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The Honolulu Advertiser
Posted on: Saturday, May 26, 2001

Lei to drape graves with gratitude

 •  Memorial Day events
 •  What's open and closed Monday

By Jessica Webster
Advertiser Staff Writer

Memorial Day lei-making is familiar, common and expected by the people of Hawai'i, but it never fails to give Vietnam veteran Gary Caboto chicken skin.

Elinor Matsumoto checks the fragrance of the lei she helped make for the Mayor's Memorial Day Ceremony. The lei are draped on graves in Punchbowl and elsewhere.

Jeff Widener • The Honolulu Advertiser

Caboto climbs to the edge of Punchbowl crater every Memorial Day before before dawn to watch the sun ascend and illuminate lei after lei draped over 33,143 graves — an awesome sight, he says.

"The lei are very beautiful, and of course, unique to Hawai'i," said Caboto. "I experience this overwhelming sense of gratitude. I feel very fortunate for the fact that I'm still walking this earth."

Caboto has helped lead the Memorial Day lei-making and the Mayor's Memorial Day Ceremony planning for almost eight years. This weekend, more than 1,000 vehicles an hour will pass through to see the immaculate landscaping and lei-laden gravesites in Punchbowl.

The lei-making is perhaps one of the largest multi-

island, volunteer-intensive endeavors in the state. Children string lei at home, at daycare and in school.

Individuals and businesses donate thousands upon thousands of flowers for senior citizens and other volunteers to make into lei.

Aloha Airlines flies many of the floral donations to O'ahu. Civil Defense workers watch mini-televisions late into the night while waiting for the flowers to arrive so they can unload them.

And then volunteers like Elinor Matsumoto and Joy Criss join groups of other volunteers to string lei and talk story. They swap stories about children and grandchildren and their trips to Las Vegas. They share their knowledge about lei and give the flowers human characteristics: sleeping, weary, vibrant, alive.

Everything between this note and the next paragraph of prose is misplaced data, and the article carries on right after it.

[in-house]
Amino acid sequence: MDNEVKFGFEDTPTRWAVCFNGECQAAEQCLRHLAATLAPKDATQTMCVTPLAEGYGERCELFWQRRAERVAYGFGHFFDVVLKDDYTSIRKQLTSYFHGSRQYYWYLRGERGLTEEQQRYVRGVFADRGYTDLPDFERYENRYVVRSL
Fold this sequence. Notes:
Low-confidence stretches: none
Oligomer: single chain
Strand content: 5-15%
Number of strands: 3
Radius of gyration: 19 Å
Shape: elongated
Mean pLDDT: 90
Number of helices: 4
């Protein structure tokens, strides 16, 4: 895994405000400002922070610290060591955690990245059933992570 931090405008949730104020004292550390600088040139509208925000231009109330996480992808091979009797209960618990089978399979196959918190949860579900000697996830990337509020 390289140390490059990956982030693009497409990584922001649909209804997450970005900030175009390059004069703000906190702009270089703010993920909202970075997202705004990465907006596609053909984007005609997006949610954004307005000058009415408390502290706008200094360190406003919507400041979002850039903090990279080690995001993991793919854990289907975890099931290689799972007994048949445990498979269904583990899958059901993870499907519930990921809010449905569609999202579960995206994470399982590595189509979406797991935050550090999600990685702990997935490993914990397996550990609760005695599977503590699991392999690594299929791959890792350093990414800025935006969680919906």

"I love this fellowship when we all get together," said Matsumoto, who volunteers much of her time to the Department of Parks and Recreation and hospital work. "It's really important; a good cause. So I come out."

For other volunteers, the lei-making is more personal. Many seniors have friends and family buried at Punchbowl, which Native Hawaiians know as Puowaina — hill of sacrifice.

Seniors at the Makua Ali'i Senior Center are among countless volunteers who create the beautiful lei for Memorial Day events.

Jeff Widener • The Honolulu Advertiser

And the volunteers know they are working to make certain every grave has a lei, a goal that has become more tenuous in recent years. This year's teacher strike made it more difficult for students to make lei as a class project, and volunteers worked overtime to make up for roughly 10,000 absent lei.

Ann Niino, event coordinator for the Mayor's Memorial Day Ceremony, said the volunteer work usually brings 40,000 lei, which is enough for Punchbowl and the Kane'ohe cemetery, with a few left for the USS Arizona Memorial.

The National Guard transports the lei from the Neighbor Islands while various fire departments, the Hawai'i Transportation Association, city Department of Parks and Recreation employees and other volunteers transport more lei to the cemeteries. Boy Scouts carry them to the graves at Punchbowl, and Girl Scouts at Kane'ohe.

"There's a lot of aloha going into just one lei and one grave," said Caboto.

Niino said she is amazed at the number of people and volunteers of all ages."There really are a lot of unsung heroes," she said.